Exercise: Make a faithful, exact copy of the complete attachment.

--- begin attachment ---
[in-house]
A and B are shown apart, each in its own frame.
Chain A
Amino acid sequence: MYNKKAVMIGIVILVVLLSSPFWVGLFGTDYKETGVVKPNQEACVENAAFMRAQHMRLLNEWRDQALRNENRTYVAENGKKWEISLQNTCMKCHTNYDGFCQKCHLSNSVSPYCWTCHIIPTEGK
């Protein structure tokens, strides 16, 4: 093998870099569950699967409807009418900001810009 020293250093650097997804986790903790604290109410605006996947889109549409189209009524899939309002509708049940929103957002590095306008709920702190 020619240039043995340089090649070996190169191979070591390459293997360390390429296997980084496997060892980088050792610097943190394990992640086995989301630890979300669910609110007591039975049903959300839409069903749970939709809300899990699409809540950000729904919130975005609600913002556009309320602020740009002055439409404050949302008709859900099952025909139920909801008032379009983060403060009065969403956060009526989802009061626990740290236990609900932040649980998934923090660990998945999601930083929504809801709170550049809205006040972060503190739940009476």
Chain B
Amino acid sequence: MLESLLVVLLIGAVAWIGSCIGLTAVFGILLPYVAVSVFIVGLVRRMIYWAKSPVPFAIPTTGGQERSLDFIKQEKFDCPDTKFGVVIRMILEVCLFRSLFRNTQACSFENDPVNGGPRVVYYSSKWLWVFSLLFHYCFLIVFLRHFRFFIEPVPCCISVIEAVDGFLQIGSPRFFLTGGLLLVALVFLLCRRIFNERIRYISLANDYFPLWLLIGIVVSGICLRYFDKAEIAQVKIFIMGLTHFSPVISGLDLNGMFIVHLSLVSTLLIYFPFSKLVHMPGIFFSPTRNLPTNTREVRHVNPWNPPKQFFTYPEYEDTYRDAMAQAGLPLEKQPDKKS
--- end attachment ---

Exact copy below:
[in-house]
A and B are shown apart, each in its own frame.
Chain A
Amino acid sequence: MYNKKAVMIGIVILVVLLSSPFWVGLFGTDYKETGVVKPNQEACVENAAFMRAQHMRLLNEWRDQALRNENRTYVAENGKKWEISLQNTCMKCHTNYDGFCQKCHLSNSVSPYCWTCHIIPTEGK
């Protein structure tokens, strides 16, 4: 093998870099569950699967409807009418900001810009 020293250093650097997804986790903790604290109410605006996947889109549409189209009524899939309002509708049940929103957002590095306008709920702190 020619240039043995340089090649070996190169191979070591390459293997360390390429296997980084496997060892980088050792610097943190394990992640086995989301630890979300669910609110007591039975049903959300839409069903749970939709809300899990699409809540950000729904919130975005609600913002556009309320602020740009002055439409404050949302008709859900099952025909139920909801008032379009983060403060009065969403956060009526989802009061626990740290236990609900932040649980998934923090660990998945999601930083929504809801709170550049809205006040972060503190739940009476």
Chain B
Amino acid sequence: MLESLLVVLLIGAVAWIGSCIGLTAVFGILLPYVAVSVFIVGLVRRMIYWAKSPVPFAIPTTGGQERSLDFIKQEKFDCPDTKFGVVIRMILEVCLFRSLFRNTQACSFENDPVNGGPRVVYYSSKWLWVFSLLFHYCFLIVFLRHFRFFIEPVPCCISVIEAVDGFLQIGSPRFFLTGGLLLVALVFLLCRRIFNERIRYISLANDYFPLWLLIGIVVSGICLRYFDKAEIAQVKIFIMGLTHFSPVISGLDLNGMFIVHLSLVSTLLIYFPFSKLVHMPGIFFSPTRNLPTNTREVRHVNPWNPPKQFFTYPEYEDTYRDAMAQAGLPLEKQPDKKS